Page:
Stephen Holden called it an "ugly fable of American free enterprise at the bottom of the food chain," adding, "With its staccato, profanity-laced language and metaphorically potent setting, American Buffalo folds a stylized parody of American gangster movies into a bleak Samuel Beckett vision that is wide enough to accommodate many interpretations....In filming American Buffalo, Mr. Corrente has taken as conventionally naturalistic an approach as the play permits, playing down its social metaphors to concentrate on the characters' psychology."[3] Lisa Schwarzbaum gave the film a "B", saying "American Buffalo is about nothing less Mametian than commerce, friendship, betrayal, despair, and American hustle. Director Michael Corrente (Federal Hill) works at getting the story off the stage (it's set in a junk shop) by occasionally moving to an empty, decrepit city street. But mostly he just locks on to Hoffman and Franz."[4]

Roger Ebert gave the film 2.5/4 stars (2½ out of four stars), saying "It is a cliché, but true, that some plays have their real life on the stage. American Buffalo is a play like that—or, at least, it is not a play that finds its life in this movie....Because the film never really brings to life its inner secrets, it seems leisurely, and toward the end, it seems long. It doesn't have the energy or the danger of James Foley's film version of Mamet's Glengarry Glen Ross. The language is all there, and it is a joy, but the irony is missing. Or, more precisely, the irony about the irony."[5]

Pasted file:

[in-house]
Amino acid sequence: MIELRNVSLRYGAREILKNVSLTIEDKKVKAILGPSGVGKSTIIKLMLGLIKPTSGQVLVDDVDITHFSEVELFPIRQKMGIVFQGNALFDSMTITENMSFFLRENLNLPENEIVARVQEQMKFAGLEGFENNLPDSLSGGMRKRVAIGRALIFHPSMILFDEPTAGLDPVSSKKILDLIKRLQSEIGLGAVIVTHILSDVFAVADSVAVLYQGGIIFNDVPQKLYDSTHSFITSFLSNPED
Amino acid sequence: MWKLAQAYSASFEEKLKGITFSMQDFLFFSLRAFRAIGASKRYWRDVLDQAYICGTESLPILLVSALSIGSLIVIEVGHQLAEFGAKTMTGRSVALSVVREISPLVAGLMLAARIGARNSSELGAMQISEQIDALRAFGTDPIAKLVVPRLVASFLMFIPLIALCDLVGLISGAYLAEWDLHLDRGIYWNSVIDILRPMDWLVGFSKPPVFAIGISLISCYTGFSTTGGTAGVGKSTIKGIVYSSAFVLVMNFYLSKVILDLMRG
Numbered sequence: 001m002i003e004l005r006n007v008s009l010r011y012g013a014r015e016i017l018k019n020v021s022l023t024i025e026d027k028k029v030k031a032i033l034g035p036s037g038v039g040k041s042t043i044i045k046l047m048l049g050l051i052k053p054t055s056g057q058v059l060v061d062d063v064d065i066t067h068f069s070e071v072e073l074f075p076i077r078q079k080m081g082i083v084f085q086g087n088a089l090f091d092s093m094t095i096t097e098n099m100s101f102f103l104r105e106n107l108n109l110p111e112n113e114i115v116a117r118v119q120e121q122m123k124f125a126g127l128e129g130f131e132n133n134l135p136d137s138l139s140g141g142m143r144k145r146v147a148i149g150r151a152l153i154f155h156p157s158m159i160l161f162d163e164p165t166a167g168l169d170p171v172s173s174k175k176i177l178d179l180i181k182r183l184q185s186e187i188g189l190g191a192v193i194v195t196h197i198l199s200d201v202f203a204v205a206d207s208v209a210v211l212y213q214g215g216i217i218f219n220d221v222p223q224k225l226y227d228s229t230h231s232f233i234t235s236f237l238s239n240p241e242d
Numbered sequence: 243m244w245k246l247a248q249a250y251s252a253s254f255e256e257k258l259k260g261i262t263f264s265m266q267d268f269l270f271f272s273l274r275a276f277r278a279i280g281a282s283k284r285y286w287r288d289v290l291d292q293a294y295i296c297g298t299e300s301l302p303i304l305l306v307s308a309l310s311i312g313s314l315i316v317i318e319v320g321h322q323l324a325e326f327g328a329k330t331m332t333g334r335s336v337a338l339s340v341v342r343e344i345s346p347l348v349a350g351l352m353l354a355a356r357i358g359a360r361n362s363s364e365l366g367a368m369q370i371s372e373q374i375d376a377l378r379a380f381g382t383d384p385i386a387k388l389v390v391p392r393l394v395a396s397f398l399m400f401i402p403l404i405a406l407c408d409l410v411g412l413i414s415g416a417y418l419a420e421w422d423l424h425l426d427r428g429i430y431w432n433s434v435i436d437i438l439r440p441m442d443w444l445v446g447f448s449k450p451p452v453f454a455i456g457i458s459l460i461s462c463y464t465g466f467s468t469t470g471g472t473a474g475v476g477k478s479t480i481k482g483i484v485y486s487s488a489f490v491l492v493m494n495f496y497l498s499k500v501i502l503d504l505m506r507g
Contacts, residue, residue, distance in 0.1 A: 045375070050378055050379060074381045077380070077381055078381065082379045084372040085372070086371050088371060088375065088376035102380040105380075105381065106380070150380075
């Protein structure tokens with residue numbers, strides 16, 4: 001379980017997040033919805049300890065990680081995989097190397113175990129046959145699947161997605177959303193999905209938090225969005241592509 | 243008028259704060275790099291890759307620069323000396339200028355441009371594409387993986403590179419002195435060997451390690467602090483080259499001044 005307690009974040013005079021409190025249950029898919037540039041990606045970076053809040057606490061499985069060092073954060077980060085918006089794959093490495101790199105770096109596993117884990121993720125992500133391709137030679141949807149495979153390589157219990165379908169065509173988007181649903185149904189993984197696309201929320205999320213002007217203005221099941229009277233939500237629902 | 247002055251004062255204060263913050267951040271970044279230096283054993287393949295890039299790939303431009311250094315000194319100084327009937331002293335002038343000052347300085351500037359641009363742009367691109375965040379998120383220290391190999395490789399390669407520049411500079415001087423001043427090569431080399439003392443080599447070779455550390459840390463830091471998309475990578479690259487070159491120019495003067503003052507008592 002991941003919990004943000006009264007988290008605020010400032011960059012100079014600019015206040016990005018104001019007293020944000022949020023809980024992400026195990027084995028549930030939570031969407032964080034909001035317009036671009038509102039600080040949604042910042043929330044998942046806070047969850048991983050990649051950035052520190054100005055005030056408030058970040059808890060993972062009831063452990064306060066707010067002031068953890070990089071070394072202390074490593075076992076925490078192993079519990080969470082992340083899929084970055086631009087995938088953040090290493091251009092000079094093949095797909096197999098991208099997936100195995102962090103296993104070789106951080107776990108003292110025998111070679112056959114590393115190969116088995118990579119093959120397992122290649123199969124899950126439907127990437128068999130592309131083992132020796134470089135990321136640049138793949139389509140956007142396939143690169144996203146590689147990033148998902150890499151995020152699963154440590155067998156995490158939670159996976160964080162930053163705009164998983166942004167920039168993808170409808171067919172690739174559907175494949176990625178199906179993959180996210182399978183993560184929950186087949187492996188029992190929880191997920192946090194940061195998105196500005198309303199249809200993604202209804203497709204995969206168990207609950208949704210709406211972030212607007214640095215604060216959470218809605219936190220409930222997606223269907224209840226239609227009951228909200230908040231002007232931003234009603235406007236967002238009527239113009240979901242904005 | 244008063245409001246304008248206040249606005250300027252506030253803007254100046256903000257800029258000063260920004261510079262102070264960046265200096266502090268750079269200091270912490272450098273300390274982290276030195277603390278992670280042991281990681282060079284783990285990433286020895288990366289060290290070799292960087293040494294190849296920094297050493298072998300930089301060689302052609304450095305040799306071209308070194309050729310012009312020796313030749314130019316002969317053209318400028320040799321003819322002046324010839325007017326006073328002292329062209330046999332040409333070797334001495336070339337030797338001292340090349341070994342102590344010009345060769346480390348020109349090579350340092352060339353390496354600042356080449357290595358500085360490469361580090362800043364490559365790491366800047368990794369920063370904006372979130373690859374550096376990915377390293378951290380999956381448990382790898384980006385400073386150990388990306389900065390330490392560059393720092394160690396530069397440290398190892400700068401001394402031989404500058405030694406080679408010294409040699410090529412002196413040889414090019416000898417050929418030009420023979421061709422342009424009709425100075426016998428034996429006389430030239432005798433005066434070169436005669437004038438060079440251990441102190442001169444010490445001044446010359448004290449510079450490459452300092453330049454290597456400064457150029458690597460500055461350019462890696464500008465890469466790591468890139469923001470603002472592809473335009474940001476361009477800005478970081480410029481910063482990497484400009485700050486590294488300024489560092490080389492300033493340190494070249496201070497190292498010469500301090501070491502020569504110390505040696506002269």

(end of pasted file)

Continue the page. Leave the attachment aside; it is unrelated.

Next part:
Two months later, upon the film's UK release, Anne Billson of The Daily Telegraph concluded "The film's principal interest lies, as it always does with Mamet, in the hypnotic language; repeat your sentences about 20 times, shuffling the word order, repeat the first name of whomever you're talking to as though it were a mantra, add a judicious sprinkling of obscenities, and you've got the general idea. Franz, of television's NYPD Blue, is terrific, but Hoffman, performing in "street" mode, complete with long greasy hair, never allows you to forget that he's reciting lines. Eventually the hypnotic repetitiveness of the language and the total lack of action did their work, and the dreaded Sandman, who hovers constantly at the shoulder of all film reviewers, paid me one of his visits."[6]